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    Default Air India turnaround plan, Dreamliner induction gets govt nod

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    Air India, the state-owned carrier, got a big boost on Thursday when the government approved a turnaround plan (TAP) to restructure the operations and finances of the cash-strapped airline.

    The plan, approved by the Cabinet Committee on Economic Affairs (CCEA), includes infusion of additional equity.

    "The turnaround plan of Air India has been approved," Civil Aviation Minister Ajit Singh told reporters after the CCEA meeting.

    As part of the airline's restructuring plans, the government had announced infusion of Rs 4,000 crore during the current financial year in the Union Budget 2012. This would raise the airlines' equity base to Rs 7,345 crore.

    The issue of induction of the much-awaited Boeing Dreamliner-787, part of the TAP, was also given the green signal by the CCEA, official sources said.

    US aircraft manufacturer Boeing is expected to deliver the first of the 27 Dreamliners, ordered in 2005, to the national carrier next month. The delivery of these aircraft was initially to commence from 2009 but the US aircraft-maker deferred it for various reasons, including labour unrest.

    State Bank of India-led consortium of 19 banks had last month approved the financial restructuring plan (FRP), which includes debt restructuring of Rs 18,000 crore by the banks and a committed equity infusion by the government.

    FRP would provide relief to Air India from its debt servicing obligations on working capital, in the form of a substantial reduction in interest outlays while giving it the necessary time to improve its operational efficiency and implement the TAP.

    As part of the FRP, Air India had signed four agreements with the banks' consortium on March 31 - the Master Restructuring Agreement, Working Capital Facility Agreement, Appointment of Facility Agent Agreement and Appointment of Trustee Agreement.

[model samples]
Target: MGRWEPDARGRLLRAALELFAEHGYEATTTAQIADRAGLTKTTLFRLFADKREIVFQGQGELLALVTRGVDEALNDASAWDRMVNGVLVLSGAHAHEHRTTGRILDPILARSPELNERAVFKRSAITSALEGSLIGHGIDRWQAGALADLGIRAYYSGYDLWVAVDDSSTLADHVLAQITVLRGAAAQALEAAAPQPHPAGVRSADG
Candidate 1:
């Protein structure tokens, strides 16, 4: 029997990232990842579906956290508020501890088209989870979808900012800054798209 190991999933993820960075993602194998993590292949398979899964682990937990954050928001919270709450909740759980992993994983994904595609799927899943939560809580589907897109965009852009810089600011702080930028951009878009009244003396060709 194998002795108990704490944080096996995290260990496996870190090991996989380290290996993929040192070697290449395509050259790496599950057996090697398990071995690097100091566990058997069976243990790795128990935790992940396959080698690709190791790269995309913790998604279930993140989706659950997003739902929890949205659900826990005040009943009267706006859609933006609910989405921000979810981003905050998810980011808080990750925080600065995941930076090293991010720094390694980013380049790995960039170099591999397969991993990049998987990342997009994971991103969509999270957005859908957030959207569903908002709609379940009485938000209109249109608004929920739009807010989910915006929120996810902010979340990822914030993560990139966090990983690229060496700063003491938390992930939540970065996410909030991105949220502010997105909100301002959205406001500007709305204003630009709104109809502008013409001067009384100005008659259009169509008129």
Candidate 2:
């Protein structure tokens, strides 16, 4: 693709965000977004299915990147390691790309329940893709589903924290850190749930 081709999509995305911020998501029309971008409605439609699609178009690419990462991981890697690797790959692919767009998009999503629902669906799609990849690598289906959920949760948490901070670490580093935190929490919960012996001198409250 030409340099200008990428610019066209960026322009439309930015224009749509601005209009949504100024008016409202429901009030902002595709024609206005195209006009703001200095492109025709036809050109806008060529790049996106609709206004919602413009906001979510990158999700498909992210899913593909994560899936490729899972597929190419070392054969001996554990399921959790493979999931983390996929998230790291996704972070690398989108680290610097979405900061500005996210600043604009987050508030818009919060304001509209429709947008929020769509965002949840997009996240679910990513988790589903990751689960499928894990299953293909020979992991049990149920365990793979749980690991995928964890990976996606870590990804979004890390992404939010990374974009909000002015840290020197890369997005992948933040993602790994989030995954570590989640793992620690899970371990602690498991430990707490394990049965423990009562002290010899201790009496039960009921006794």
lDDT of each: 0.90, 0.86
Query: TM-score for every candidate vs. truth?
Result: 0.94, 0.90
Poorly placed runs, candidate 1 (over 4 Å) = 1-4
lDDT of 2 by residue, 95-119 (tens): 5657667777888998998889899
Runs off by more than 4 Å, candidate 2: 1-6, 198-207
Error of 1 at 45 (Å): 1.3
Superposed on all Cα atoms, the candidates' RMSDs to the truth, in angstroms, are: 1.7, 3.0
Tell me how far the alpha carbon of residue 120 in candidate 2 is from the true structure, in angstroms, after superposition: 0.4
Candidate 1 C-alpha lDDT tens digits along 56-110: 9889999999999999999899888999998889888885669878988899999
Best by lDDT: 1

A major highlight of the agreements include conversion of about Rs 10,500 crore of the airline's working capital into long-term loan, carrying an annual interest of 11 per cent.

    "The first year interest would accumulate in a funded interest term plan," the sources said, adding these would lead to substantial savings of about Rs 1,000 crore in 2012-13 itself.

    In addition, non-convertible debentures (NCDs), guaranteed by the government, worth Rs 7,400 crore, would be issued and subscribed by the investors. The proceeds from the NCDs would be used to repay the lenders, they said.

    Apart from this, part of the working capital of about Rs 3,500 crore would be restructured as cash credit arrangement.

    Under the FRP, Air India has proposed that the government should infuse equity of about Rs 30,231 crore in the 2012-21 financial period.

    The government has so far infused equity of Rs 800 crore in 2009-10, Rs 1,200 crore in 2010-11 and another Rs 1,200 crore in 2011-12.

    The debt-ridden carrier has outstanding ***** and dues worth Rs 67,520 crore, of which Rs 21,200 crore is working capital loan, Rs 22,000 crore long-term loan on fleet acquisition, Rs 4,600 crore vendor dues besides an accumulated loss of Rs 20,320 crore.



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